UNTERLUESS, Germany — Germany company Rheinmetall has made another push to show the U.S. Army that it has a ready and working active protection system. The company’s marketing effort this week at its Germany-based proving grounds comes as potential fiscal 2018 funding would cover the qualification of another APS for Army combat vehicles waiting in the wings for congressional approval.
The company hosted a number of U.S. Army representatives March 7, firing three RPG-7Vs at its active defense system (ADS), a distributed APS configuration — as opposed to a launcher-based APS system. The ADS uses an explosive charge to blast incoming weapons off their paths in extremely close proximity to the vehicle. The explosive cuts at a downward angle on a threat roughly 1 meter from the vehicle’s hull, disabling the threat’s main charge and drastically minimizing an explosion.
The U.S. delegation present for the demonstration included Elizabeth Miller, the deputy product manager for the Army’s vehicle protection systems, and Clifton Boyd, the deputy project manager for the Stryker brigade combat team effort.
Putting ADS to the test
Rheinmetall took pains to challenge the system in front of the delegation, cluttering the environment around the system, which was positioned on a rig to represent a combat vehicle.
Using old cars and mannequins, the company painted a picture of a crowded urban marketplace. And though unplanned, the demonstration was performed in a mix of snow and rain, adding to the complexity.
For the demonstration, Rheinmetall crafted a scenario that could occur during combat operations:
Two roadside bombs detonate in front of and behind a convoy of combat vehicles as they move through a crowded marketplace, causing the vehicles to come to a halt. A suicide bomber in a car then drives into another car and explodes.
As the explosion causes mayhem around the convoy, two rocket-propelled grenades are fired, one aimed directly at the ADS system and another at a vehicle behind the rig. The second RPG was meant to demonstrate that the ADS system will only trigger if the RPG is directly headed toward the system.
Rheinmetall’s Rapid Obscuring System, or ROSY, was supposed to deploy, enshrouding the vehicle in thick smoke to deter further RPG attacks, but a small piece of shrapnel from a previous explosion severed a wire connecting the system on the rig and it failed to work.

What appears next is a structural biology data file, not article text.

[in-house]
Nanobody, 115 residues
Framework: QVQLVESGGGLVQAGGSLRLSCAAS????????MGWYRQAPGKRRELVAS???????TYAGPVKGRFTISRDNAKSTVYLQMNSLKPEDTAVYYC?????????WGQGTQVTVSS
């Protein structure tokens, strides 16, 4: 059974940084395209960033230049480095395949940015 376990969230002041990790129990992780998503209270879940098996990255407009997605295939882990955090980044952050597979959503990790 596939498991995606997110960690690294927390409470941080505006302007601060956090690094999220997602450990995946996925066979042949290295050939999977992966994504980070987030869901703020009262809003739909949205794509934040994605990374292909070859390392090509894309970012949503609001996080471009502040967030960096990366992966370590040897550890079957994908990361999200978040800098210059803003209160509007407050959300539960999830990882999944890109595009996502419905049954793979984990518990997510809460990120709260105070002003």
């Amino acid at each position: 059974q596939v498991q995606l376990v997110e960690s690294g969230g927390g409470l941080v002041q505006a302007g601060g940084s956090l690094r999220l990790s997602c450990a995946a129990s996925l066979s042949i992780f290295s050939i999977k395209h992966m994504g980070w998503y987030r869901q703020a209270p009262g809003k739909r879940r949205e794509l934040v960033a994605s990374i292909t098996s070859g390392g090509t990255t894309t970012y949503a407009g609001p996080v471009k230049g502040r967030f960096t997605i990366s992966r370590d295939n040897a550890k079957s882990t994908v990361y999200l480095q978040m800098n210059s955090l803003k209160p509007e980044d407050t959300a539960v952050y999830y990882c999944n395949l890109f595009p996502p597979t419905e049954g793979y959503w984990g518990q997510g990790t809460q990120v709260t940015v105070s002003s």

With the vehicle still visible to the attackers, another RPG is fired at the system.
When the smoke clears, the ADS system’s rig shows clear signs it worked. The only evidence of an RPG attack are small pock marks on one side of the rig and white residue on the other side.
Rheinmetall subsequently demonstrated ROSY using a small Polaris ultralight RZR vehicle equipped with the system. The vehicle drove through the scene, deploying smoke. In less than a second, nothing in the area was visible.
Rheinmetall sets sites on US
More than a year ago, the Army determined it needed to field an interim APS solution for the Abrams tank as well as the Stryker combat vehicle and the Bradley Infantry Fighting Vehicle. The service decided to rapidly assess off-the-shelf APS systems to fulfill an urgent operational need after failing — over a 20 year period — to field an APS system.
The Army’s program manager for APS has said if more funding became available to qualify another system, ADS would be at the top of the list and came in a close second in a design runoff against Iron Fist.
The Army ultimately selected three different systems: Israeli company Rafael’s Trophy system, which is deployed in the Israeli Army, for the Abrams; Iron Fist from IMI Systems, another Israeli company, for the Bradley; and Herndon, Virginia-based Artis’ Iron Curtain for the Stryker.
While the Army has stayed on track with Abrams, due to a combination of earlier funding availability and qualifying an already fielded system, it has struggled to stay on schedule with the other two configurations. Iron Curtain is six months behind, and Iron Fist is delayed by eight months.
Col. Glenn Dean, who is in charge of the program, told Defense News in a recent interview that Iron Curtain turned out to not be as mature as the service envisioned and that there was some “friction on the test range.”
Unlike ADS, Iron Curtain uses a projectile-like countermeasure to defeat threats before they have a chance to explode. And similar to the German system, Iron Curtain takes out incoming threats very close to the vehicle.